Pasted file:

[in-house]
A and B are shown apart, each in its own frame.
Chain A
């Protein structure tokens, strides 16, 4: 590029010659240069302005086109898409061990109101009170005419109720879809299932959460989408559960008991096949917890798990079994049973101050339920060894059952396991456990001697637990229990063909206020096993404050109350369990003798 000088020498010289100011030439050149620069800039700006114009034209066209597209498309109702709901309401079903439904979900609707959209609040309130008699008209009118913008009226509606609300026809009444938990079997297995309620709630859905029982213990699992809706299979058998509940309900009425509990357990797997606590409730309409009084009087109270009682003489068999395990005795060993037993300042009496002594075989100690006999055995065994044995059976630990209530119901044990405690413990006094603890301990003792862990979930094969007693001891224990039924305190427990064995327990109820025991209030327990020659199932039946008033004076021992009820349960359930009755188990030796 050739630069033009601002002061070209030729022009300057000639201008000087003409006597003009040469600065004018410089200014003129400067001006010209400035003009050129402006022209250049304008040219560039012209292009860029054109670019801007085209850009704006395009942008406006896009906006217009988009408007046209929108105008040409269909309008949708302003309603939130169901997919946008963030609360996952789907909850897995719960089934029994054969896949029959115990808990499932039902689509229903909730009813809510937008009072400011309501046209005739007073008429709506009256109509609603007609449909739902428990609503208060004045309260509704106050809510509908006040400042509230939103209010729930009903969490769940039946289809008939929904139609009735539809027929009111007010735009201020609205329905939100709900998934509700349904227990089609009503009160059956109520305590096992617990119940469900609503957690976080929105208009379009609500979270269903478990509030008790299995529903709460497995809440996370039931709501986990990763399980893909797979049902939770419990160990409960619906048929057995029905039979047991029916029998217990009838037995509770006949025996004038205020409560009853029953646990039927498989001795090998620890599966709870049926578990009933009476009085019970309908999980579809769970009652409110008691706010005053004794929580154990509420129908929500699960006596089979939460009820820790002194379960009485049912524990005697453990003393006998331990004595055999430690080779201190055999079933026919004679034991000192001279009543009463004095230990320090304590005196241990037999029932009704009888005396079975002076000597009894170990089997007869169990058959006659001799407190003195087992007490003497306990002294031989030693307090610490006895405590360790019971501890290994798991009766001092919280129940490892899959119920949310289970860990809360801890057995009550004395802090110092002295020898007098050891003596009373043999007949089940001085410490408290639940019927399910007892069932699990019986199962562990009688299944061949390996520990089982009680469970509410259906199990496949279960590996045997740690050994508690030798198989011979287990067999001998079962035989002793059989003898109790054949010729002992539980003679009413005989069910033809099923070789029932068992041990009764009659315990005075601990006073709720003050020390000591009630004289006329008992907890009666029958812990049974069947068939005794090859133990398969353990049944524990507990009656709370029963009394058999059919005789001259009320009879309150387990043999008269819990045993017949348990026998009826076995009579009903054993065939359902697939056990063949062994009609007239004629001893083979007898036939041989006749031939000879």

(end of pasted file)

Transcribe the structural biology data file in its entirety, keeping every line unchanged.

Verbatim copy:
[in-house]
A and B are shown apart, each in its own frame.
Chain A
């Protein structure tokens, strides 16, 4: 590029010659240069302005086109898409061990109101009170005419109720879809299932959460989408559960008991096949917890798990079994049973101050339920060894059952396991456990001697637990229990063909206020096993404050109350369990003798 000088020498010289100011030439050149620069800039700006114009034209066209597209498309109702709901309401079903439904979900609707959209609040309130008699008209009118913008009226509606609300026809009444938990079997297995309620709630859905029982213990699992809706299979058998509940309900009425509990357990797997606590409730309409009084009087109270009682003489068999395990005795060993037993300042009496002594075989100690006999055995065994044995059976630990209530119901044990405690413990006094603890301990003792862990979930094969007693001891224990039924305190427990064995327990109820025991209030327990020659199932039946008033004076021992009820349960359930009755188990030796 050739630069033009601002002061070209030729022009300057000639201008000087003409006597003009040469600065004018410089200014003129400067001006010209400035003009050129402006022209250049304008040219560039012209292009860029054109670019801007085209850009704006395009942008406006896009906006217009988009408007046209929108105008040409269909309008949708302003309603939130169901997919946008963030609360996952789907909850897995719960089934029994054969896949029959115990808990499932039902689509229903909730009813809510937008009072400011309501046209005739007073008429709506009256109509609603007609449909739902428990609503208060004045309260509704106050809510509908006040400042509230939103209010729930009903969490769940039946289809008939929904139609009735539809027929009111007010735009201020609205329905939100709900998934509700349904227990089609009503009160059956109520305590096992617990119940469900609503957690976080929105208009379009609500979270269903478990509030008790299995529903709460497995809440996370039931709501986990990763399980893909797979049902939770419990160990409960619906048929057995029905039979047991029916029998217990009838037995509770006949025996004038205020409560009853029953646990039927498989001795090998620890599966709870049926578990009933009476009085019970309908999980579809769970009652409110008691706010005053004794929580154990509420129908929500699960006596089979939460009820820790002194379960009485049912524990005697453990003393006998331990004595055999430690080779201190055999079933026919004679034991000192001279009543009463004095230990320090304590005196241990037999029932009704009888005396079975002076000597009894170990089997007869169990058959006659001799407190003195087992007490003497306990002294031989030693307090610490006895405590360790019971501890290994798991009766001092919280129940490892899959119920949310289970860990809360801890057995009550004395802090110092002295020898007098050891003596009373043999007949089940001085410490408290639940019927399910007892069932699990019986199962562990009688299944061949390996520990089982009680469970509410259906199990496949279960590996045997740690050994508690030798198989011979287990067999001998079962035989002793059989003898109790054949010729002992539980003679009413005989069910033809099923070789029932068992041990009764009659315990005075601990006073709720003050020390000591009630004289006329008992907890009666029958812990049974069947068939005794090859133990398969353990049944524990507990009656709370029963009394058999059919005789001259009320009879309150387990043999008269819990045993017949348990026998009826076995009579009903054993065939359902697939056990063949062994009609007239004629001893083979007898036939041989006749031939000879």